Problems of Tall Cotoneaster

Silvery, Webbed Leaves
Spider Mite - Adult mites are reddish brown or pale tan and 1/150 to 1/50 inch long. They are more easily visible through a hand lens. Mites lay their eggs on leaves and buds or at the base of plants. Spider mites turn cotoneaster leaves silvery or yellow, giving them a parched appearance. The leaves may curl and become covered with fine webbing, especially on undersides, and fruit is deformed. These pests are more common in some regions than others. They favor hot, dry locations. Contol them by spraying infested plants early in the morning with a forceful jet of cold water. Repeat the water spray daily for three days. If that doesn't do the job, spray the mites with insecticidal soap every three to five days for two weeks. Dormant oil spray will destroy many overwintering mites. Spray with 1 part flowable sulfur fungicide in 10 parts of "superior" type dormant oil before growth begins in spring. For more information go to Controlling Mites

Foliage Turns Pale Or Mottled
Hawthorn Lace Bug - Lace bug adults are small square-shaped bugs, 3/16 inch long or less, with elaborately reticulated wings that resemble lacework. This sucking insect sometimes appears in late June and in the summer on the undersides of cotoneaster leaves. They suck sap from the undersides of leaves, causing the foliage to turn pale or mottled. Crush the bugs by drawing the leaves between your thumb and forefinger. Control larger infestations by spraying the visible bugs with insecticidal soap, a nicotine spray, or a pyrethrum spray. Do this three times, once every 3 to 5 days. For more information see the file Dealing With Lacebugs

Leaves Curled, Discolored And Distorted
Aphid - Aphids are spindly-legged, pear-shaped insects little bigger than the head of a pin. They suck sap from leaves and stems, causing cotoneaster foliage to curl, pucker, and turn yellow, while reducing the plant's vigor. Also called "plant lice," these pests attack tender branches and flower clusters. Often ants, attracted by the aphids' honeydew secretions, wander over the plants and protect the aphids from natural predators. Check leaf undersides for small groups of aphids. For light infestations, spray leaf undersides vigorously with water three times, once every other day, in the early morning. Eliminate nearby ant nests if possible. Spray visible aphids with insecticidal soap every two to three days for heavier infestations. As a last resort, use pyrethrum spray. For more information go to Controlling Aphids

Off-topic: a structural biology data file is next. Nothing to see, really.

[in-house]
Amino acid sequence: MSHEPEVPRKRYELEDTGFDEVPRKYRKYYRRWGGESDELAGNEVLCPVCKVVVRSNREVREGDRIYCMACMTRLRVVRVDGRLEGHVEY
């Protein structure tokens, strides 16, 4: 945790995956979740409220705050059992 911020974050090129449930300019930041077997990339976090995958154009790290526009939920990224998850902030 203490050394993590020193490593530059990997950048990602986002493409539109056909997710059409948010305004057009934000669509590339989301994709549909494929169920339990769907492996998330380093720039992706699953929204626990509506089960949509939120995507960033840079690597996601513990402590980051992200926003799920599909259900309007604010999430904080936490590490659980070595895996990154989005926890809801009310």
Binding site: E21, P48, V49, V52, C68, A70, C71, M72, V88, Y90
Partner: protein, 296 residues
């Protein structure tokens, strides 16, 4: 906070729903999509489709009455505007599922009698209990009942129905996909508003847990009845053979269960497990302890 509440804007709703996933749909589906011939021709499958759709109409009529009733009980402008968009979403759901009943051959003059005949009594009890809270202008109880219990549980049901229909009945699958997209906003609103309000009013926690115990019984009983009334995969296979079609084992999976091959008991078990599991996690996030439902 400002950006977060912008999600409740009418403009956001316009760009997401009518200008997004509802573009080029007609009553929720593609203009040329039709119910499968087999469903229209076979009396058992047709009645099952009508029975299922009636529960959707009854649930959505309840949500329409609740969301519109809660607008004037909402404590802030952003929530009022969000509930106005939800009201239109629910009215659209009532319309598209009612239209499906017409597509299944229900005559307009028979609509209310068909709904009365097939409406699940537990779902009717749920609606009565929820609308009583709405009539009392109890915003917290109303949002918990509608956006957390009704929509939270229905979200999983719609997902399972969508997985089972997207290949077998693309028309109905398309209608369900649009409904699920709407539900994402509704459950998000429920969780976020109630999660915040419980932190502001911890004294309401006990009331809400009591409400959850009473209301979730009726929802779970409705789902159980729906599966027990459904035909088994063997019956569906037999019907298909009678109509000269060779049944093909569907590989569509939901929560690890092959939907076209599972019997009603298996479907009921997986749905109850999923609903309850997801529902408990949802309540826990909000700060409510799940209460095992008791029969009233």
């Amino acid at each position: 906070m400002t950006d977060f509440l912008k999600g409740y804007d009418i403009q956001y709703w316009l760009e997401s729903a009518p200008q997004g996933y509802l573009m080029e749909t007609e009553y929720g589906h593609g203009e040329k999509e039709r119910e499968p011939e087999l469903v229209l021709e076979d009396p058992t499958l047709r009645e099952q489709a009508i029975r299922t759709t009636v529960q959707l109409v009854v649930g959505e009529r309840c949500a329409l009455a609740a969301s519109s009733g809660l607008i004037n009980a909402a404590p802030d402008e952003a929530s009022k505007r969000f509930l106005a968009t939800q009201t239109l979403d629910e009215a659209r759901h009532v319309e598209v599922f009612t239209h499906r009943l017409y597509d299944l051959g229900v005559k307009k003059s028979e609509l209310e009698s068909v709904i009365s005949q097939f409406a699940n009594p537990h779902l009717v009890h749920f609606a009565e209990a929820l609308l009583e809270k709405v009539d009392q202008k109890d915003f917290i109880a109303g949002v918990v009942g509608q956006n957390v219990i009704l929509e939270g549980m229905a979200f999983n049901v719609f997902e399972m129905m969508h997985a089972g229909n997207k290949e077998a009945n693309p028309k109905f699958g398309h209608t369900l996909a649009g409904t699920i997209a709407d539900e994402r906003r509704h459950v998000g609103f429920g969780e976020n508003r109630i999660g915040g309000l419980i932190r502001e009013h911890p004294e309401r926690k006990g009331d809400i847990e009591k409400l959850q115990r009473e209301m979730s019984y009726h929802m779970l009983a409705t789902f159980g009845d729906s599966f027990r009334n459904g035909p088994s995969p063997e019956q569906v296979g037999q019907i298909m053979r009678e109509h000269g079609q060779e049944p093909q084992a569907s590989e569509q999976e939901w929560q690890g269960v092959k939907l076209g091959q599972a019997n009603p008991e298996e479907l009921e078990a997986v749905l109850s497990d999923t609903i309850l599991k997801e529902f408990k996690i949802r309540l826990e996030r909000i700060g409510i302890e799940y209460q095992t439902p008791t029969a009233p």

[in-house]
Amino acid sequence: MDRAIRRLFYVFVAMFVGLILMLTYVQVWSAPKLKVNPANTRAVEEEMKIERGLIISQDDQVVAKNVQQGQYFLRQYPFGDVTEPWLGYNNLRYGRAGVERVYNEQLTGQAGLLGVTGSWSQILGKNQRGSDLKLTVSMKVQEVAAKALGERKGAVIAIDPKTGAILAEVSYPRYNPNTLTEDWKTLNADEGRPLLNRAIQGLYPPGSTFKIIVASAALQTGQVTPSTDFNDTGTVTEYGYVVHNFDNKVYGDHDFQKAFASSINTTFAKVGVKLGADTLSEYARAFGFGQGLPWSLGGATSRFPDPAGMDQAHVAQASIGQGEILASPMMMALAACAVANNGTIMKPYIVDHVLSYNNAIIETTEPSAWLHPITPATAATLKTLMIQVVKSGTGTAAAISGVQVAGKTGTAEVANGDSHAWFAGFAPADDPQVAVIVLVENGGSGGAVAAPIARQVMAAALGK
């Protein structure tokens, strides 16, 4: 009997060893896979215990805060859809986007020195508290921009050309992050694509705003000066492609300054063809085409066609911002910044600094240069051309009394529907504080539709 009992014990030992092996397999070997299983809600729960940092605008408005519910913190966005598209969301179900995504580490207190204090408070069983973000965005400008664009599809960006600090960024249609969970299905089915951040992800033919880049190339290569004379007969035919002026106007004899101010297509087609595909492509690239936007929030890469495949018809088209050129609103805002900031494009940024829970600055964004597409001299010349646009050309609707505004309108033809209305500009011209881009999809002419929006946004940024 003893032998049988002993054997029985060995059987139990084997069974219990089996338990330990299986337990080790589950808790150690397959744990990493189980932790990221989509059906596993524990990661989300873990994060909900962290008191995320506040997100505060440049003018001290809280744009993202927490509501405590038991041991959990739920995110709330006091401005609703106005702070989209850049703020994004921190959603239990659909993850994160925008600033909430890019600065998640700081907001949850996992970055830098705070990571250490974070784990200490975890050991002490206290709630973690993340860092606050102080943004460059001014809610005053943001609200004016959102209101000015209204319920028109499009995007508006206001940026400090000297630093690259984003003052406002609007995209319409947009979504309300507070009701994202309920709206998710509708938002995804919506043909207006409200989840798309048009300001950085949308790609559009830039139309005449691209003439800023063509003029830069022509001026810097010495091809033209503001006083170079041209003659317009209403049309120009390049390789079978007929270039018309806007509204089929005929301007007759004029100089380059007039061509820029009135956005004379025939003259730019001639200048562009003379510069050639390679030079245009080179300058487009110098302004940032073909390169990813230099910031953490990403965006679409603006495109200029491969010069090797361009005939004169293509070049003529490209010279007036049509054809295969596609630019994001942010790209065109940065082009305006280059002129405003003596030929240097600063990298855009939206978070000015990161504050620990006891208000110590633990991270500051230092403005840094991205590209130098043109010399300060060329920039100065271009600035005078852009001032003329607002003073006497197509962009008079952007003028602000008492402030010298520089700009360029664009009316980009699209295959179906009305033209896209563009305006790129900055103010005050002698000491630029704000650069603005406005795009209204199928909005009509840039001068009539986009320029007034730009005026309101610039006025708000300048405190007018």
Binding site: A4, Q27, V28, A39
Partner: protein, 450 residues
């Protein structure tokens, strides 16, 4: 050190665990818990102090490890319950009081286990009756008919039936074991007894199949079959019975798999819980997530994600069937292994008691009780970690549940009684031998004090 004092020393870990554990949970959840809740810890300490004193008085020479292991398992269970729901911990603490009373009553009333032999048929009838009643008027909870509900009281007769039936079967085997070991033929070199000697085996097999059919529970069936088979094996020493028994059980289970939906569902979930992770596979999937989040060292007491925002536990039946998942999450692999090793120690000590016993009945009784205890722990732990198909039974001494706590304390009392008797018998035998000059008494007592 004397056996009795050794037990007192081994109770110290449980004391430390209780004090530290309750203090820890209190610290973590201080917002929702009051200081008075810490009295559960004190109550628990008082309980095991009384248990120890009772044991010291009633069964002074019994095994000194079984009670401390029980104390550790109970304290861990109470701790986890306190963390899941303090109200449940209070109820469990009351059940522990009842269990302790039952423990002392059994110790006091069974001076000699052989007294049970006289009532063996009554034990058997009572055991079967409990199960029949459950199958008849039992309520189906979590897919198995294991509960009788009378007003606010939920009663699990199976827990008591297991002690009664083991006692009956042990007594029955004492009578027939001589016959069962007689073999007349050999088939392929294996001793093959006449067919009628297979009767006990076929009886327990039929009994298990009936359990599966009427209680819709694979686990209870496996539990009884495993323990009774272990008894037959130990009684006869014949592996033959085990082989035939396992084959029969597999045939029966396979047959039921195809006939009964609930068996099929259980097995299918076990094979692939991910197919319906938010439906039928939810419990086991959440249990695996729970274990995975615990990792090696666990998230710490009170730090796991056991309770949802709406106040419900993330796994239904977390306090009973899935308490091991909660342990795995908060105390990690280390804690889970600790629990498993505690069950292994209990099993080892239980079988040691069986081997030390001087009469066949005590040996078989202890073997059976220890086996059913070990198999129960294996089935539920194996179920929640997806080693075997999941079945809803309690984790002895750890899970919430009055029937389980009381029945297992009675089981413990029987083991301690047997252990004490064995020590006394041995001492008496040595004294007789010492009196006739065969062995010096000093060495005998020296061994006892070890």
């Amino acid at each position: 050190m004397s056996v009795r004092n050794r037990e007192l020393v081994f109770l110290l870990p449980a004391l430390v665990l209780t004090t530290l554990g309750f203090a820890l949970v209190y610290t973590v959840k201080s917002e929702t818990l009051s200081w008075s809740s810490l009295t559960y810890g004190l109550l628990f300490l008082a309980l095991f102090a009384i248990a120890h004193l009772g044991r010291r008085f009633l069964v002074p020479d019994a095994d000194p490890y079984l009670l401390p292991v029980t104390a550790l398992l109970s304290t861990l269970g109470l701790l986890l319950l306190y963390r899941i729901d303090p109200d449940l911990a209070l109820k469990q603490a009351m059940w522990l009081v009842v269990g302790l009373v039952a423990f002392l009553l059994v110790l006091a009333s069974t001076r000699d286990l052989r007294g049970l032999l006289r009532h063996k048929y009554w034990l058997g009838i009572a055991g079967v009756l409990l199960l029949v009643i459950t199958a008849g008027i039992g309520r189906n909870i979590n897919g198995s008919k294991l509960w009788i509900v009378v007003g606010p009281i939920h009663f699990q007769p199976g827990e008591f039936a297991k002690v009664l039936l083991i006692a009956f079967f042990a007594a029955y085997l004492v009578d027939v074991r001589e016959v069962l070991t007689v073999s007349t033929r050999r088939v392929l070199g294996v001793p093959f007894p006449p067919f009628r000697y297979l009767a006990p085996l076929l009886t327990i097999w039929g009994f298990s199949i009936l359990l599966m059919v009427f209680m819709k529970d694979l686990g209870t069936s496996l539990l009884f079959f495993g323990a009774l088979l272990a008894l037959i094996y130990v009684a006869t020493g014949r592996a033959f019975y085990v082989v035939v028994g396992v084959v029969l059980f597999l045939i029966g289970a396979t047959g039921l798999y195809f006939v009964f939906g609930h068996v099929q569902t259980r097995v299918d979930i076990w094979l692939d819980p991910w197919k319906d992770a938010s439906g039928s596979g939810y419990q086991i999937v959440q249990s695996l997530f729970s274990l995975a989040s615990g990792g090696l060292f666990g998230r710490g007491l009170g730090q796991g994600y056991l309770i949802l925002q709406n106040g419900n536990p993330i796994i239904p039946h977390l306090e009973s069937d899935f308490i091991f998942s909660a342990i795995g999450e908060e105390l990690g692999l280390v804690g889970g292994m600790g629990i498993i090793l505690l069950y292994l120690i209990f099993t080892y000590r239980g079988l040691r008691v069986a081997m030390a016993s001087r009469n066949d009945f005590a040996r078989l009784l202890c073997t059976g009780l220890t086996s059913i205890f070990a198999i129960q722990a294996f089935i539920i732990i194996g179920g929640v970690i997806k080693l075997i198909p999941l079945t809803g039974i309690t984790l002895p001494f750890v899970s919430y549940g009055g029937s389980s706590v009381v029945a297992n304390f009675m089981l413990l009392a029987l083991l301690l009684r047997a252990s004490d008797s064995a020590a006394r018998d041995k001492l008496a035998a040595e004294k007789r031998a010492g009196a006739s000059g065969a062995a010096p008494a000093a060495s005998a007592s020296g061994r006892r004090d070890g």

Leaves Turn Yellow, Become Sticky
Scale - Scale insects appear as clusters of somewhat flattened, waxy reddish gray or brown bumps a bit bigger than the head of pin. The bumps are protective shells, under which the pests insert thread-like sucking mouthparts into the plant and suck the sap. They often cover plants with white cottony, cushion-like masses. Cotoneaster leaves turn yellow and may drop. A shiny or sticky material (honeydew) may cover the leaves, especially on the undersides. Scale outbreaks can be triggered by pesticides used against other pests or by environmental stresses such as too much or too little water. Overuse of nitrogen fertilizer can encourage the growth of scale populations. Avoid this by using very little fertilizer. If caught early on, scale can be scraped off plant surfaces with a finger nail or a cotton swab dipped in rubbing alcohol. Spray heavily infested plants with a mixture of alcohol and insecticidal soap every three days for two weeks. Add 1 tablespoon of alcohol to a pint of ready to use commercial soap spray. For more information go to Controlling Scale

Webbing Holds Leaves And Twigs Together